Multiple outlets are reporting that Oak Ridge National Lab’s (ORNL) Summit supercomputer, one of the three pre-exascale systems being developed for the Department of Energy under its CORAL program, will hit 200 petaflops when it becomes operational in two years. The implication is that the US is responding to the announcement of TaihuLight, the new Chinese supercomputer that captured the top spot on the latest TOP500 list. But the storyline here is a lot more nuanced than that.
The news about Summit comes from a Computerworld article that reported ORNL is expecting the system will reach 200 peak petaflops when it is installed in 2018. Previous characterizations of the system had it achieving between 150 to 300 petaflops. But the specific goal of 200 petaflops was established well before last week’s announcement of the 125-petaflop TaihuLight machine.
In a Congressional Budget Request from the DOE dated February 2016, the agency put forth an FY2017 funding request for site preparation for Summit at ORNL, as well as installation and operation of the smaller 8.5-petaflop Theta supercomputer to be deployed at Argonne National Lab this year. In the request, the 200-petaflop figure is called out:
“The OLCF will begin to install cabinets for the new 200pf IBM Power9 heterogeneous supercomputer with NVIDIA Volta GPUs at the end of FY 2017. Installation, testing, early science access and transition to operations for the system, named Summit, are all planned for FY 2018. This upgrade will provide approximately five times the capability of Titan.”
Note that the updated spec for Summit (above) provides a higher node count of ~4600, compared to ~3400 for the original 150-petaflop configuration. The total peak power draw increased accordingly, from 10MW to 13.3MW. TaihuLight, the current top system, uses more than 15MW. Also note that the Aurora system, which is planning to use the next-generation Knights Hill Xeon Phi processors and reach 180 petaflops in 2018-2019, will draw nearly the same amount of power as the Power9/Volta GPU-powered Summit, but will do so with about 10 times as many nodes.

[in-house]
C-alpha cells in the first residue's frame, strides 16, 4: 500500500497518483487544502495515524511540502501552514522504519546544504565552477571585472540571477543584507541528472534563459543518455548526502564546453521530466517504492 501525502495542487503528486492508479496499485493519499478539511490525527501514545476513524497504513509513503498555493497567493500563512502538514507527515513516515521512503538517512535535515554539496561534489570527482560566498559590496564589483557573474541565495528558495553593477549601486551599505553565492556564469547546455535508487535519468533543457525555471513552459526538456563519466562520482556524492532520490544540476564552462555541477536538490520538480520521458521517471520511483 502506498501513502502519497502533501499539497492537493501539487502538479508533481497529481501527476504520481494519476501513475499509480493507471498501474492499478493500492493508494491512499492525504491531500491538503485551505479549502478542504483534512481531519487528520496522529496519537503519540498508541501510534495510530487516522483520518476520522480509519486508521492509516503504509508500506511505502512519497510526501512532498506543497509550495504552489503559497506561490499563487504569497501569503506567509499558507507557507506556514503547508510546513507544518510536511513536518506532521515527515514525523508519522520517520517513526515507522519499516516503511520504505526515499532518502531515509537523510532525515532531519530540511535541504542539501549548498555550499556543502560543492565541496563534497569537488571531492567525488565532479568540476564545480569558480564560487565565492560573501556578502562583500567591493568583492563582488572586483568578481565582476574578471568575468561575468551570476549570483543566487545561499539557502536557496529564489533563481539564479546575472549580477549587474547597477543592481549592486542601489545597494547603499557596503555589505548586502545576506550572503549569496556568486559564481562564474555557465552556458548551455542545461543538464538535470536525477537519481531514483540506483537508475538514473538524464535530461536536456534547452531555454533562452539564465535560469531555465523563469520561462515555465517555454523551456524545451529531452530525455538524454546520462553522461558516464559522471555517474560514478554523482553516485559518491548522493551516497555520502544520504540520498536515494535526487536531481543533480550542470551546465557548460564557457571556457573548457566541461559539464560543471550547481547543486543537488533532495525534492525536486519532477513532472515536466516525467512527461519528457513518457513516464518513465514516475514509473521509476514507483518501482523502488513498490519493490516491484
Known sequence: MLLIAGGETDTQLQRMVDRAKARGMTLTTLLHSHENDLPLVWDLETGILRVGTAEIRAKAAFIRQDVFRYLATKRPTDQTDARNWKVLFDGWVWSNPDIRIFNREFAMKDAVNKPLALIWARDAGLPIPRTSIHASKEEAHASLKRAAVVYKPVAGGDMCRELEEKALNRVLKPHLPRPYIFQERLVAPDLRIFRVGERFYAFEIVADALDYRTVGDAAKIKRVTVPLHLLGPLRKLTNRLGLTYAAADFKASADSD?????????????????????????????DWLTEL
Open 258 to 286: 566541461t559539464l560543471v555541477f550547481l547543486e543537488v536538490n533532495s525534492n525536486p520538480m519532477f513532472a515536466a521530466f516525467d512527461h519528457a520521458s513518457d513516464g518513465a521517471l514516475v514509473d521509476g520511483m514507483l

This money for Summit’s and Aurora’s site preparation is not allocated yet, nor is the money for their actual installations, which presumably will be part of the FY18 budget request. So all of this might turn out to be wishful thinking, and given Congress’s recent performance, it surely could. But that’s the plan as it stands today.
Of course, by the time Summit and Aurora are installed, there may be other Chinese systems of similar or even greater performance. Regardless, the DOE’s supercomputing timeline is more methodical than that of its Chinese counterparts, and there does not appear to be any specific effort by US policymakers to catch up to their rivals in the FLOPS department.
That contrasts markedly with what happened in 2002 when Japan’s Earth Simulator opened up a performance gap with the US systems similar to the one we see today with TaihuLight. At that time, the response by the DOE was immediate and spurred the agency to accelerate their supercomputing program significantly.
That doesn’t appear to be happening today. The current emphasis at the DOE’s ASCR office is to field systems that provide application performance commensurate with the underlying system, that is, enable software to efficiently extract the performance from the hardware, and do so at ever-increasing scale. And that’s something that is still a big question mark with the fastest Chinese systems. Here it’s worth noting that the Earth Simulator wasn’t just a FLOPS monster; it was considered one of the most efficient systems of its day from an applications perspective.
On the other hand, the US response is likely to be very different if the Chinese systems manage to close the application gap on their way to exascale. That’s a more difficult task than just developing fast processors and adding more of them to a machine, but given China’s trajectory in supercomputing over the last several years, it is certainly conceivable.